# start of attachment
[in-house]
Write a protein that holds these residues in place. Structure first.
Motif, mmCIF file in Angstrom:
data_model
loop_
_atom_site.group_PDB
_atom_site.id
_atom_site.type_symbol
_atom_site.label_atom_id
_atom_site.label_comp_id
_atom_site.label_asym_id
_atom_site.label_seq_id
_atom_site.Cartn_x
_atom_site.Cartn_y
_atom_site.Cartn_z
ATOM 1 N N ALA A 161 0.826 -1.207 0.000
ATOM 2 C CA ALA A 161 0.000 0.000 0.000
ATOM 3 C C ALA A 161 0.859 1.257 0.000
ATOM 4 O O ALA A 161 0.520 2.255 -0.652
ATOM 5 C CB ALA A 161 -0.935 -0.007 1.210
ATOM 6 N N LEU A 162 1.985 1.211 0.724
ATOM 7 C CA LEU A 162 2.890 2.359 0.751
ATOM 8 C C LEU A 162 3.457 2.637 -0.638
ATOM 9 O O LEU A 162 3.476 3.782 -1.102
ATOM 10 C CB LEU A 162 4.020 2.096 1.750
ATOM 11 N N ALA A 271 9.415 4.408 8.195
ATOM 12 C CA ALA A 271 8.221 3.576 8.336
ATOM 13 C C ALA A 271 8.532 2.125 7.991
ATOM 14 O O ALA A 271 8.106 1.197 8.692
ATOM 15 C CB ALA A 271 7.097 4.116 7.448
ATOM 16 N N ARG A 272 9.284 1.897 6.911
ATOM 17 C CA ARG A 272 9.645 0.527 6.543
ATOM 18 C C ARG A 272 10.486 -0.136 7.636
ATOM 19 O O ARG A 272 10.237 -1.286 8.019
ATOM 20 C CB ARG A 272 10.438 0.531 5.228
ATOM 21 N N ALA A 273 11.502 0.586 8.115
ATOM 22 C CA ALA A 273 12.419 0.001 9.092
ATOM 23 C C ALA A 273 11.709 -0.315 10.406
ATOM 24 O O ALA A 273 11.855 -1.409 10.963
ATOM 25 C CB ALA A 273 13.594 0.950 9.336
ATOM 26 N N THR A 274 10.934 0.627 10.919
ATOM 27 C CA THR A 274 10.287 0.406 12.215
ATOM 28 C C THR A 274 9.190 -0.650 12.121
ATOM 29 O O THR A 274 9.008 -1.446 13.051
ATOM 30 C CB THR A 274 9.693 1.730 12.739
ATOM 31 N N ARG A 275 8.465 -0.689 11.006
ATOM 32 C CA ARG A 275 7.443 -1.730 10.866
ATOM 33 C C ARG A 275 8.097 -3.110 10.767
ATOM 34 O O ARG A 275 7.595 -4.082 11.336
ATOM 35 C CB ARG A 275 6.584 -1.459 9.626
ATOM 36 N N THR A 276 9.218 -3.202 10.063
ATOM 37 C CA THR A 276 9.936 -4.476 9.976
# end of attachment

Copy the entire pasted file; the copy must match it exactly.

[in-house]
Write a protein that holds these residues in place. Structure first.
Motif, mmCIF file in Angstrom:
data_model
loop_
_atom_site.group_PDB
_atom_site.id
_atom_site.type_symbol
_atom_site.label_atom_id
_atom_site.label_comp_id
_atom_site.label_asym_id
_atom_site.label_seq_id
_atom_site.Cartn_x
_atom_site.Cartn_y
_atom_site.Cartn_z
ATOM 1 N N ALA A 161 0.826 -1.207 0.000
ATOM 2 C CA ALA A 161 0.000 0.000 0.000
ATOM 3 C C ALA A 161 0.859 1.257 0.000
ATOM 4 O O ALA A 161 0.520 2.255 -0.652
ATOM 5 C CB ALA A 161 -0.935 -0.007 1.210
ATOM 6 N N LEU A 162 1.985 1.211 0.724
ATOM 7 C CA LEU A 162 2.890 2.359 0.751
ATOM 8 C C LEU A 162 3.457 2.637 -0.638
ATOM 9 O O LEU A 162 3.476 3.782 -1.102
ATOM 10 C CB LEU A 162 4.020 2.096 1.750
ATOM 11 N N ALA A 271 9.415 4.408 8.195
ATOM 12 C CA ALA A 271 8.221 3.576 8.336
ATOM 13 C C ALA A 271 8.532 2.125 7.991
ATOM 14 O O ALA A 271 8.106 1.197 8.692
ATOM 15 C CB ALA A 271 7.097 4.116 7.448
ATOM 16 N N ARG A 272 9.284 1.897 6.911
ATOM 17 C CA ARG A 272 9.645 0.527 6.543
ATOM 18 C C ARG A 272 10.486 -0.136 7.636
ATOM 19 O O ARG A 272 10.237 -1.286 8.019
ATOM 20 C CB ARG A 272 10.438 0.531 5.228
ATOM 21 N N ALA A 273 11.502 0.586 8.115
ATOM 22 C CA ALA A 273 12.419 0.001 9.092
ATOM 23 C C ALA A 273 11.709 -0.315 10.406
ATOM 24 O O ALA A 273 11.855 -1.409 10.963
ATOM 25 C CB ALA A 273 13.594 0.950 9.336
ATOM 26 N N THR A 274 10.934 0.627 10.919
ATOM 27 C CA THR A 274 10.287 0.406 12.215
ATOM 28 C C THR A 274 9.190 -0.650 12.121
ATOM 29 O O THR A 274 9.008 -1.446 13.051
ATOM 30 C CB THR A 274 9.693 1.730 12.739
ATOM 31 N N ARG A 275 8.465 -0.689 11.006
ATOM 32 C CA ARG A 275 7.443 -1.730 10.866
ATOM 33 C C ARG A 275 8.097 -3.110 10.767
ATOM 34 O O ARG A 275 7.595 -4.082 11.336
ATOM 35 C CB ARG A 275 6.584 -1.459 9.626
ATOM 36 N N THR A 276 9.218 -3.202 10.063
ATOM 37 C CA THR A 276 9.936 -4.476 9.976